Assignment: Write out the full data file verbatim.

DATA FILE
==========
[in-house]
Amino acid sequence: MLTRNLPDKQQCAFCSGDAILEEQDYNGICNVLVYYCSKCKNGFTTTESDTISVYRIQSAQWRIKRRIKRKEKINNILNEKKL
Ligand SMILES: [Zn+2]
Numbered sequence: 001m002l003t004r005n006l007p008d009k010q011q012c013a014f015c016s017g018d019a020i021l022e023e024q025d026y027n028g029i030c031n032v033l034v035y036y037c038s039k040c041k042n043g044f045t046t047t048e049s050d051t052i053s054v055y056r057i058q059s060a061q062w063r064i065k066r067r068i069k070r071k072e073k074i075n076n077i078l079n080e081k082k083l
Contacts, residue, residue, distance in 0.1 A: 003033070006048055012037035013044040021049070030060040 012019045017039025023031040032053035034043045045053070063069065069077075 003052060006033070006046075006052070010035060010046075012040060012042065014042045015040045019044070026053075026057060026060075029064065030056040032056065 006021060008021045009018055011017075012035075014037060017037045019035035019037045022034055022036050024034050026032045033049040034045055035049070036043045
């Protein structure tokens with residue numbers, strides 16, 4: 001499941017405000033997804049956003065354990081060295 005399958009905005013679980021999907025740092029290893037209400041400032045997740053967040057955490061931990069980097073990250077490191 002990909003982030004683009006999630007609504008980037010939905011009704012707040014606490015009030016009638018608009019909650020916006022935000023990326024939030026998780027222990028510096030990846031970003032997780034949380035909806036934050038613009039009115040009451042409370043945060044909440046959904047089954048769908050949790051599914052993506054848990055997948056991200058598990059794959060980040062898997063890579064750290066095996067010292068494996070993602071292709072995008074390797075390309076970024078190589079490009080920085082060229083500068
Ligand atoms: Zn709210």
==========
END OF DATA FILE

[in-house]
Amino acid sequence: MLTRNLPDKQQCAFCSGDAILEEQDYNGICNVLVYYCSKCKNGFTTTESDTISVYRIQSAQWRIKRRIKRKEKINNILNEKKL
Ligand SMILES: [Zn+2]
Numbered sequence: 001m002l003t004r005n006l007p008d009k010q011q012c013a014f015c016s017g018d019a020i021l022e023e024q025d026y027n028g029i030c031n032v033l034v035y036y037c038s039k040c041k042n043g044f045t046t047t048e049s050d051t052i053s054v055y056r057i058q059s060a061q062w063r064i065k066r067r068i069k070r071k072e073k074i075n076n077i078l079n080e081k082k083l
Contacts, residue, residue, distance in 0.1 A: 003033070006048055012037035013044040021049070030060040 012019045017039025023031040032053035034043045045053070063069065069077075 003052060006033070006046075006052070010035060010046075012040060012042065014042045015040045019044070026053075026057060026060075029064065030056040032056065 006021060008021045009018055011017075012035075014037060017037045019035035019037045022034055022036050024034050026032045033049040034045055035049070036043045
């Protein structure tokens with residue numbers, strides 16, 4: 001499941017405000033997804049956003065354990081060295 005399958009905005013679980021999907025740092029290893037209400041400032045997740053967040057955490061931990069980097073990250077490191 002990909003982030004683009006999630007609504008980037010939905011009704012707040014606490015009030016009638018608009019909650020916006022935000023990326024939030026998780027222990028510096030990846031970003032997780034949380035909806036934050038613009039009115040009451042409370043945060044909440046959904047089954048769908050949790051599914052993506054848990055997948056991200058598990059794959060980040062898997063890579064750290066095996067010292068494996070993602071292709072995008074390797075390309076970024078190589079490009080920085082060229083500068
Ligand atoms: Zn709210």